Million Dollar Arm (PG) - 'drags in the middle, but recovers with a predictably tear-jerking climax that's pretty hard to resist'
Paul Whitington on Disney's new sports drama.
Baseball and sentimentality go together like, well, hot dogs and mustard. The great field game is perhaps the quintessential American pastime, and comes laden down with layers of history, tradition and schmaltzy popular lore. And though there has been the odd cinematic peep at the sport's dark underbelly (in Eight Men Out for instance, or the excellent 1994 biopic, Cobb), most Hollywood baseball films have wallowed shamelessly in cheap sentiment.
Million Dollar Arm might not be in the same league as Field of Dreams, Bull Durham or Pride of the Yankees, but it treads similarly mawkish territory and is all about daring to dream and never giving up and so forth. It is prevented from drowning in a sea of slush by the winning performance of Jon Hamm and a modestly diverting fact-based plot.
Mr Hamm is JB Bernstein, a freelance sports agent who becomes desperate to sign new talent when an American football star he's been assiduously pursuing decides to go with a bigger, slicker agency.
Facing career collapse and financial ruin, JB is sitting at home one night watching cable television when he has a sort of brainwave.
As he's flicking between Britain's Got Talent (the one where Susan Boyle wins, of course) and an Indian cricket match, Bernstein concocts an unlikely idea for a talent contest based in the subcontinent and aimed at discovering the next great baseball pitcher.
He finds out that a good fast bowler reaches speeds in excess of 90 miles an hour: surely, therefore, there are bound to be some undiscovered pitching gems among the country's legion of cricketers. And if India is cricket-mad, what might be the potential of baseball in that untapped market?
He and his business partner Ash (Aasif Mandvi) find a backer for their caper in the sinister shape of Chinese investor Chang (Tzi Ma), but when JB gets to India he quickly realises that this isn't going to be easy.
The 'Million Dollar Arm' contest gets off to a terrible start and Bernstein soon despairs of finding anyone who can pitch a baseball straight. He's on the point of giving up when he and grumpy scout Ray Poitevint (Alan Arkin) discover a couple of kids who can pitch at 90 miles an hour.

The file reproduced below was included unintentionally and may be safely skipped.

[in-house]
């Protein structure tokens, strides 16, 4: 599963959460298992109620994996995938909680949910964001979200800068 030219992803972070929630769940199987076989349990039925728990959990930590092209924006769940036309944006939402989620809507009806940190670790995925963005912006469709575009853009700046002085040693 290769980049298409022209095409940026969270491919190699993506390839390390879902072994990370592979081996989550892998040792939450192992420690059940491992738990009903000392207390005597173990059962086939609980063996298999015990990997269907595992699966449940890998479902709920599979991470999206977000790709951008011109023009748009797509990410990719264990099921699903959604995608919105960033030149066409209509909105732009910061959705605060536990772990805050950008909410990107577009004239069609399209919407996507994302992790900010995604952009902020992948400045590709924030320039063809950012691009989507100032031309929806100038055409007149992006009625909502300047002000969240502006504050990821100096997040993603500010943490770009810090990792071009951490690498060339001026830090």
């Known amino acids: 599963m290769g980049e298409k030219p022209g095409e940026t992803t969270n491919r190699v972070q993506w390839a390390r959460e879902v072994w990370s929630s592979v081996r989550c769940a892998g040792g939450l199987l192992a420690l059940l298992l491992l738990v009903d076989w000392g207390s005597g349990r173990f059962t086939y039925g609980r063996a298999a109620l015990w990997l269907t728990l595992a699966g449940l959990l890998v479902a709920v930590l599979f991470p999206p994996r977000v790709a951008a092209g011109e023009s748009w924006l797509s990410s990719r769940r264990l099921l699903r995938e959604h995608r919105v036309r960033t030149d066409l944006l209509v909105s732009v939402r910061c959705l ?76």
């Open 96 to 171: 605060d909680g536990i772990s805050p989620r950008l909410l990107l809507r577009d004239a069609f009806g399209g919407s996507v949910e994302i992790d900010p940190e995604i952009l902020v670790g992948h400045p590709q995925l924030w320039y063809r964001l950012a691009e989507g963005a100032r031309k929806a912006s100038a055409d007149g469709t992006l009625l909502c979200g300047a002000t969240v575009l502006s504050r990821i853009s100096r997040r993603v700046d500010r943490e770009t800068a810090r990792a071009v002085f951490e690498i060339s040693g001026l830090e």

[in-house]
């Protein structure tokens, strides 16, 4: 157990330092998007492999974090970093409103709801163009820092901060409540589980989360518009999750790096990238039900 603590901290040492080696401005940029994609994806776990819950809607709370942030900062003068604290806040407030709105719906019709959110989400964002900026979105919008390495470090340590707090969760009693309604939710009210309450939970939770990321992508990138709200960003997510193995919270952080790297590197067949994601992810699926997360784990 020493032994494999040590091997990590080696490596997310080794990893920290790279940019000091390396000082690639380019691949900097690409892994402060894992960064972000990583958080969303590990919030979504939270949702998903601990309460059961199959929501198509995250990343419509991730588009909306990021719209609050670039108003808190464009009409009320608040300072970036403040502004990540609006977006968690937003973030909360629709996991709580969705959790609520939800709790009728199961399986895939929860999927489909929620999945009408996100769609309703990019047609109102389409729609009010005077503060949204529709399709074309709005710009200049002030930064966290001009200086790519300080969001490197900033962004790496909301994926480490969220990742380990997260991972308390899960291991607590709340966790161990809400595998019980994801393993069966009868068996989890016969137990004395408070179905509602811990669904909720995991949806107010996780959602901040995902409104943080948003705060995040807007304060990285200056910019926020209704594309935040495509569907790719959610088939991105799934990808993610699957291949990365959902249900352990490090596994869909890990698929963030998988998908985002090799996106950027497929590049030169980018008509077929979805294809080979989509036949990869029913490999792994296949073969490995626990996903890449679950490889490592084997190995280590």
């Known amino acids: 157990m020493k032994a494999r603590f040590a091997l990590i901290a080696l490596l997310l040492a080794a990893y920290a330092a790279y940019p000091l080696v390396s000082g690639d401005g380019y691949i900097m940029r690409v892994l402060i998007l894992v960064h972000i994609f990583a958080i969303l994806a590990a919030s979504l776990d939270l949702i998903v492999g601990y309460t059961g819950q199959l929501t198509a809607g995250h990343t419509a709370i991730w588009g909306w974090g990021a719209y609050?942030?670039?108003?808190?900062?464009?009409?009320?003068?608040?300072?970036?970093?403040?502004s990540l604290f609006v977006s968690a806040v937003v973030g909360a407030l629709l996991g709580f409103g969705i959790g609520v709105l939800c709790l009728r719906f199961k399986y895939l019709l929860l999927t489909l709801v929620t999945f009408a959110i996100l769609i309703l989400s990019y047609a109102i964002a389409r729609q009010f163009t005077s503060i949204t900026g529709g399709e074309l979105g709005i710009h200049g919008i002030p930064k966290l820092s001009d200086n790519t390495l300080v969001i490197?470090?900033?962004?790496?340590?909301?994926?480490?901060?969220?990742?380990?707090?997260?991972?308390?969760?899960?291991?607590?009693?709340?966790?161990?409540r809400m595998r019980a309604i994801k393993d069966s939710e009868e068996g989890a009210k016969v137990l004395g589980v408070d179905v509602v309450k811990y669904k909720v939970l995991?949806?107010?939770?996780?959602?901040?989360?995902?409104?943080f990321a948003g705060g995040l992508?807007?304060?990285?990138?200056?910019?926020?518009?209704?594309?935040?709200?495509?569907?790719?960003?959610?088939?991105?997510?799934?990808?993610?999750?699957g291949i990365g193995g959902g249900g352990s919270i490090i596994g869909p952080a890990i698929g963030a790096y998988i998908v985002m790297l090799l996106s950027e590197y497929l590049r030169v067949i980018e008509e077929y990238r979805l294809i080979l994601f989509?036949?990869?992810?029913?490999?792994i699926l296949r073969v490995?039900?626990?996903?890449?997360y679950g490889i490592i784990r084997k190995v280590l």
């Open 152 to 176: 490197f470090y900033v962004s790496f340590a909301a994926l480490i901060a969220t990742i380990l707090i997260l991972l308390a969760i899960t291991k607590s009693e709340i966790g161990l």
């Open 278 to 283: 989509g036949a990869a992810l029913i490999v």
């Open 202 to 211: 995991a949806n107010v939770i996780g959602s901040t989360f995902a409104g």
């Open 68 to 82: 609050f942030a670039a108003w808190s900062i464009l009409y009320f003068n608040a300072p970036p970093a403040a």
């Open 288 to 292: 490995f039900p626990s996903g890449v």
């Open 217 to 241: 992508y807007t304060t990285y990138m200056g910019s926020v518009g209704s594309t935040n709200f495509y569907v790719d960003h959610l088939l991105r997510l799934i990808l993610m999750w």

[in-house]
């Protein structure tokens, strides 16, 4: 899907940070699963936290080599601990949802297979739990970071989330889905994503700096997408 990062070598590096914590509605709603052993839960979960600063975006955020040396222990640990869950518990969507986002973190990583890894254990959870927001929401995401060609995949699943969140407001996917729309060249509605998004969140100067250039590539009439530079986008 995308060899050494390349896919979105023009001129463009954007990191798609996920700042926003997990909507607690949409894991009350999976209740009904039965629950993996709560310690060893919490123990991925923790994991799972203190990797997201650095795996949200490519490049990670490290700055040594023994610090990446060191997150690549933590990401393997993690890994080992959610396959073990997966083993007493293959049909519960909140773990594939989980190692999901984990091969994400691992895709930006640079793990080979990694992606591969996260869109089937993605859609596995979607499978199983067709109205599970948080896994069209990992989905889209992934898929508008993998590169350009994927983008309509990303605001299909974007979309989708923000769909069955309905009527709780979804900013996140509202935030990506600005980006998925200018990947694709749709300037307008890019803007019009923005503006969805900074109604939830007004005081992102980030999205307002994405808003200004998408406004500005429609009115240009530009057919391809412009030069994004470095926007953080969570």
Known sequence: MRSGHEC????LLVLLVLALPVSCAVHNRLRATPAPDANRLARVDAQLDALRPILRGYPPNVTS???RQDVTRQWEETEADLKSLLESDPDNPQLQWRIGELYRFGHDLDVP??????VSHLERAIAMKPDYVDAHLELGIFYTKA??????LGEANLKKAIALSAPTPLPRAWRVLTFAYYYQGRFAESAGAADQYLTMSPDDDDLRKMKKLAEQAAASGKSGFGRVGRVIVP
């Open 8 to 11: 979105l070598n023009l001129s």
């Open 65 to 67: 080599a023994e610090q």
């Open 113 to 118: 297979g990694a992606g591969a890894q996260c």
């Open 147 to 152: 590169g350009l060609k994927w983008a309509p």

Rinku and Dinesh (Suraj Sharma, Madhur Mittal) come from small country villages and are overwhelmed by the splendour of Los Angeles when Bernstein takes them back to America for training. JB is convinced the two boys will be his ticket to the big time, but fails to take into account that Rinku and Dinesh regard him as their friend and a kind of father figure and will need protecting from the glare of the spotlight.
Jon Hamm has been lost in Mad Men's hectic shooting schedules for the last seven years or so, but will soon be released from them and may then achieve his huge potential as a film star.
He has the square-jawed wholesomeness of Gary Cooper, the easy charm of Cary Grant, and holds this film together with a typically nuanced and authoritative performance.
There's a touch of the Scrooges to JB Bernstein's story, in that he starts out as a self-obsessed, goal-oriented bachelor who must learn how to care for others. Hamm brings this out very effectively, helped by a winning supporting turn from Lake Bell as a wise and beautiful neighbour.
Million Dollar Arm drags a bit in the middle, and the Indian boys' travails during training become a bit repetitive after a while. But the film recovers itself in a predictably tear-jerking climax that's pretty hard to resist.
Tom McCarthy's script is nicely jokey, but takes a rather patronising stance on India. Baseball is presented as offering a lifeline to desperate peasants, but the producers may not be aware that Indian cricketers earn millions in that country's T20 Premier League and are treated like movie stars.
But at least Hamm's character finds out that American arrogance is not always the answer and learns a lesson in humility from his wide-eyed young charges.